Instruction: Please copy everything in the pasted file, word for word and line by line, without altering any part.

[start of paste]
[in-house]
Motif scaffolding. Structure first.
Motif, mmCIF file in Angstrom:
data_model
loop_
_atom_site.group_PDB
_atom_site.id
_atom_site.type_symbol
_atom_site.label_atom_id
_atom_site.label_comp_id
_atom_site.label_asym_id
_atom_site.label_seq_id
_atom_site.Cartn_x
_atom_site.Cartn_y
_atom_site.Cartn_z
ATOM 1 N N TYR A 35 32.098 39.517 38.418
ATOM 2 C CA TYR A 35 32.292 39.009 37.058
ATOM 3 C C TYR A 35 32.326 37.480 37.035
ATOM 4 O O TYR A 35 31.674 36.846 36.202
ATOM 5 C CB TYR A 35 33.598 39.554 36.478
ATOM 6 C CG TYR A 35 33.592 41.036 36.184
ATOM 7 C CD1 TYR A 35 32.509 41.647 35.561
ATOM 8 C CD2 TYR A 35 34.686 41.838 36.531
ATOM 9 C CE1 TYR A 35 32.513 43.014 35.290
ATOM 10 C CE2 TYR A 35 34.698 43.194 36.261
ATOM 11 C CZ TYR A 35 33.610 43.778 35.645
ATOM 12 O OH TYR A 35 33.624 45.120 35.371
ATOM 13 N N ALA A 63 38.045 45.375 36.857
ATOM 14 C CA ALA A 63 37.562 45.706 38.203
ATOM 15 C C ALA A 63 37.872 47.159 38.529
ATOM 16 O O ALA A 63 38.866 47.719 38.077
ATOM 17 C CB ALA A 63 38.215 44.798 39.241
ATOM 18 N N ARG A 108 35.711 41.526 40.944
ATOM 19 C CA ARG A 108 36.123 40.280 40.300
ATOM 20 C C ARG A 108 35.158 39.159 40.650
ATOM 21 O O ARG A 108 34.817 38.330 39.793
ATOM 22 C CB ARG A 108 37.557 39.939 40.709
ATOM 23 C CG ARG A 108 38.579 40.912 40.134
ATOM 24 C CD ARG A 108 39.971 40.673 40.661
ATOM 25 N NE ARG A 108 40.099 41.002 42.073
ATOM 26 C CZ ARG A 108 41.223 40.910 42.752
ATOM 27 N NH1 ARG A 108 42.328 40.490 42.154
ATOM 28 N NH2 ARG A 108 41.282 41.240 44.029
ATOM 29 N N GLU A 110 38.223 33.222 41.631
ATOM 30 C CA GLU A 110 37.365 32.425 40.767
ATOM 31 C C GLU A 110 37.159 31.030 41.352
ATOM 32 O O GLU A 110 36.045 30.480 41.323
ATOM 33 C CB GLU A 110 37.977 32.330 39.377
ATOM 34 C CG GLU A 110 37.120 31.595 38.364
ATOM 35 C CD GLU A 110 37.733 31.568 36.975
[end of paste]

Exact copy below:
[in-house]
Motif scaffolding. Structure first.
Motif, mmCIF file in Angstrom:
data_model
loop_
_atom_site.group_PDB
_atom_site.id
_atom_site.type_symbol
_atom_site.label_atom_id
_atom_site.label_comp_id
_atom_site.label_asym_id
_atom_site.label_seq_id
_atom_site.Cartn_x
_atom_site.Cartn_y
_atom_site.Cartn_z
ATOM 1 N N TYR A 35 32.098 39.517 38.418
ATOM 2 C CA TYR A 35 32.292 39.009 37.058
ATOM 3 C C TYR A 35 32.326 37.480 37.035
ATOM 4 O O TYR A 35 31.674 36.846 36.202
ATOM 5 C CB TYR A 35 33.598 39.554 36.478
ATOM 6 C CG TYR A 35 33.592 41.036 36.184
ATOM 7 C CD1 TYR A 35 32.509 41.647 35.561
ATOM 8 C CD2 TYR A 35 34.686 41.838 36.531
ATOM 9 C CE1 TYR A 35 32.513 43.014 35.290
ATOM 10 C CE2 TYR A 35 34.698 43.194 36.261
ATOM 11 C CZ TYR A 35 33.610 43.778 35.645
ATOM 12 O OH TYR A 35 33.624 45.120 35.371
ATOM 13 N N ALA A 63 38.045 45.375 36.857
ATOM 14 C CA ALA A 63 37.562 45.706 38.203
ATOM 15 C C ALA A 63 37.872 47.159 38.529
ATOM 16 O O ALA A 63 38.866 47.719 38.077
ATOM 17 C CB ALA A 63 38.215 44.798 39.241
ATOM 18 N N ARG A 108 35.711 41.526 40.944
ATOM 19 C CA ARG A 108 36.123 40.280 40.300
ATOM 20 C C ARG A 108 35.158 39.159 40.650
ATOM 21 O O ARG A 108 34.817 38.330 39.793
ATOM 22 C CB ARG A 108 37.557 39.939 40.709
ATOM 23 C CG ARG A 108 38.579 40.912 40.134
ATOM 24 C CD ARG A 108 39.971 40.673 40.661
ATOM 25 N NE ARG A 108 40.099 41.002 42.073
ATOM 26 C CZ ARG A 108 41.223 40.910 42.752
ATOM 27 N NH1 ARG A 108 42.328 40.490 42.154
ATOM 28 N NH2 ARG A 108 41.282 41.240 44.029
ATOM 29 N N GLU A 110 38.223 33.222 41.631
ATOM 30 C CA GLU A 110 37.365 32.425 40.767
ATOM 31 C C GLU A 110 37.159 31.030 41.352
ATOM 32 O O GLU A 110 36.045 30.480 41.323
ATOM 33 C CB GLU A 110 37.977 32.330 39.377
ATOM 34 C CG GLU A 110 37.120 31.595 38.364
ATOM 35 C CD GLU A 110 37.733 31.568 36.975